A.B. Young Trail in Oak Creek Canyon

Looking for some exercise? Already hiked all the trails in the Red Rocks? Then lace up your boots and tackle this nearly vertical ascent in Oak Creek Canyon.



The A.B. Young Trail is the only route (of which we know) that climbs the west wall of Oak Creek Canyon. From AZ-89A in the northern reaches of the canyon, you can spot the trail, which seems to zigzag endlessly – and vertically – up the canyon wall. So it’s no surprise that we put off hiking this trail for years until one day when we were feeling particularly adventurous. The trail climbs more than 1,600 feet in about 1.75 miles, and there’s no doubting its difficulty. But for us, crossing the creek at the beginning of the trail was even more challenging than the climb.

The trail begins at the Bootlegger Picnic Area. After you park, walk down a set of stairs and you’re standing at Oak Creek. The trail actually begins on the other side of the creek, thus the rub. There’s no official creek crossing, you just have to do the best you can to boulder-hop across the rushing water. Once on the other side, ignore the trail that parallels the creek, and look for the metal A.B. Young trail marker. The trail immediately begins to climb, and you lose sight of Oak Creek almost instantly. After climbing for less than one-quarter mile, the trail levels out slightly, and you’ll briefly hike through a clearing. Don’t get too comfortable, though. The route quickly begins another steep ascent, and this time it doesn’t let up until you’re at the top of the Mogollon Rim.

If you’re hoping for red rock views, you’re going to be disappointed with this trail. But if you crave that top-of-the-world sensation you get when mountain climbing, you’ll love this trek. After hiking 0.75 mile, you’re rewarded with views of pine-studded canyon walls and the orchards of Slide Rock State Park. The trail feels precariously close to sheer drops at some points, and it’s quite narrow so we wouldn’t recommend it to anyone who has a fear of heights. You’ll hike through manzanita, shrub oak, prickly pear cactus, Parry’s agave and yucca plants before topping out in a delightful ponderosa pine forest. The trail continues to East Pocket Fire Lookout, but we chose to end our hike with snacks at the top of the rim where there are plenty of fallen trees and boulders that invite you to sit for a spell (our elevation maxed out at 6,803 feet). The west wall of Oak Creek Canyon is quite a bit taller than the east wall, which gives you an interesting perspective of the Mogollon Rim. You can also see all the way to the Apache Maid mountain from this vantage. Look at the strange circular shapes down below you. Those aren’t crop circles but evidence of slash burns conducted by the national forest.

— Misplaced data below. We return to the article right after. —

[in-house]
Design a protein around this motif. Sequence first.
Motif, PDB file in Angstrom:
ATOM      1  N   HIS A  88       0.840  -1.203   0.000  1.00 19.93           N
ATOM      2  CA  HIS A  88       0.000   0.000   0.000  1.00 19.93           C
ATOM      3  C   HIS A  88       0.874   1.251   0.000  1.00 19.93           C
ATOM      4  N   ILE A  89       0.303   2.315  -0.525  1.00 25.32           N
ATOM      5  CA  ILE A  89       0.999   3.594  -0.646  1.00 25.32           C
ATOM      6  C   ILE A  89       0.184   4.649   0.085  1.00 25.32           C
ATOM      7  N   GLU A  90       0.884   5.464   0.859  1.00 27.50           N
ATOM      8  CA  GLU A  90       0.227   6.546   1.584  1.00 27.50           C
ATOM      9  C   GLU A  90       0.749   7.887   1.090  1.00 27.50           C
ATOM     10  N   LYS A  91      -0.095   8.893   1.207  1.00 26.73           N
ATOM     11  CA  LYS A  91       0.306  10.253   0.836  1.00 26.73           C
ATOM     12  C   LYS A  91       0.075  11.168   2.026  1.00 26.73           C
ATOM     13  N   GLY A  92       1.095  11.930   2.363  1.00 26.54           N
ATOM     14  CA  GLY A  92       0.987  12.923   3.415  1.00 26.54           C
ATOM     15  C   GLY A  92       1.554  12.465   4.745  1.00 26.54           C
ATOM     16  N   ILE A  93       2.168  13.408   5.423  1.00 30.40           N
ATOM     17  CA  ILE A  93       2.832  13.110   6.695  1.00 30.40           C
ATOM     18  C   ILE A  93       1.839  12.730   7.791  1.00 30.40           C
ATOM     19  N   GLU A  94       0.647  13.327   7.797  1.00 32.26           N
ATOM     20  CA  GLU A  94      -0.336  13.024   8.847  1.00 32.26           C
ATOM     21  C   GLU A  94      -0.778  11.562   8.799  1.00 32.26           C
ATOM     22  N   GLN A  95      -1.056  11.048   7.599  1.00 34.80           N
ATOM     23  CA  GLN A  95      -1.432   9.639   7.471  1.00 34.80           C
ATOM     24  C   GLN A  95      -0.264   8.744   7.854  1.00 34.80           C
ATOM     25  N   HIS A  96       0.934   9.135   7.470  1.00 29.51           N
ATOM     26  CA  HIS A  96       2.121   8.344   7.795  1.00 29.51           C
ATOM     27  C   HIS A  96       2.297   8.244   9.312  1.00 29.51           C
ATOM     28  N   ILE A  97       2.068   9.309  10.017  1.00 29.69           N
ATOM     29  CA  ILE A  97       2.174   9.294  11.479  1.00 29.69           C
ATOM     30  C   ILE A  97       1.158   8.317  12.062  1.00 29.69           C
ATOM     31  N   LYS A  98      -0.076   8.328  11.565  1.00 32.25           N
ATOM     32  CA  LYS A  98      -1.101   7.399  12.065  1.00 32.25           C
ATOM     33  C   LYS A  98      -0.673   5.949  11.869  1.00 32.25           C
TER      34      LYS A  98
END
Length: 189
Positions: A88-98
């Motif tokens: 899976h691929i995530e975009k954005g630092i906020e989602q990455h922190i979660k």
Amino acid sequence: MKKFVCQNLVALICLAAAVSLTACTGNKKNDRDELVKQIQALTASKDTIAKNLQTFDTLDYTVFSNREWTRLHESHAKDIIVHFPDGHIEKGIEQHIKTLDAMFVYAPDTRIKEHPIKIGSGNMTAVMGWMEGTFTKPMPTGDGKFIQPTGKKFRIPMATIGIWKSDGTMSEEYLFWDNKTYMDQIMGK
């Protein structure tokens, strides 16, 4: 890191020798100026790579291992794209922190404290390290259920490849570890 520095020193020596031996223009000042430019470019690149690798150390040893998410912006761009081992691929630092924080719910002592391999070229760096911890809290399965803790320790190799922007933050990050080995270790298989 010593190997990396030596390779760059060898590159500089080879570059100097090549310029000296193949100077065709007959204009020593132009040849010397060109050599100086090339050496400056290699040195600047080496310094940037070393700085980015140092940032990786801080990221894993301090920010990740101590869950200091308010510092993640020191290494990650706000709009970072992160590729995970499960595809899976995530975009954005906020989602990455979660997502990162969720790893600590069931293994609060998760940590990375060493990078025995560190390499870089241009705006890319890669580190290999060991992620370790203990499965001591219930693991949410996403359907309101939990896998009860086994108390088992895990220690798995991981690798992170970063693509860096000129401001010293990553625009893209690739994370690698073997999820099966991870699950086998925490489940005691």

Word to the wise: Don’t attempt this hike in the summer. We wouldn’t recommend this one in the snow, either. You’re best off tackling this trail in the spring or fall.

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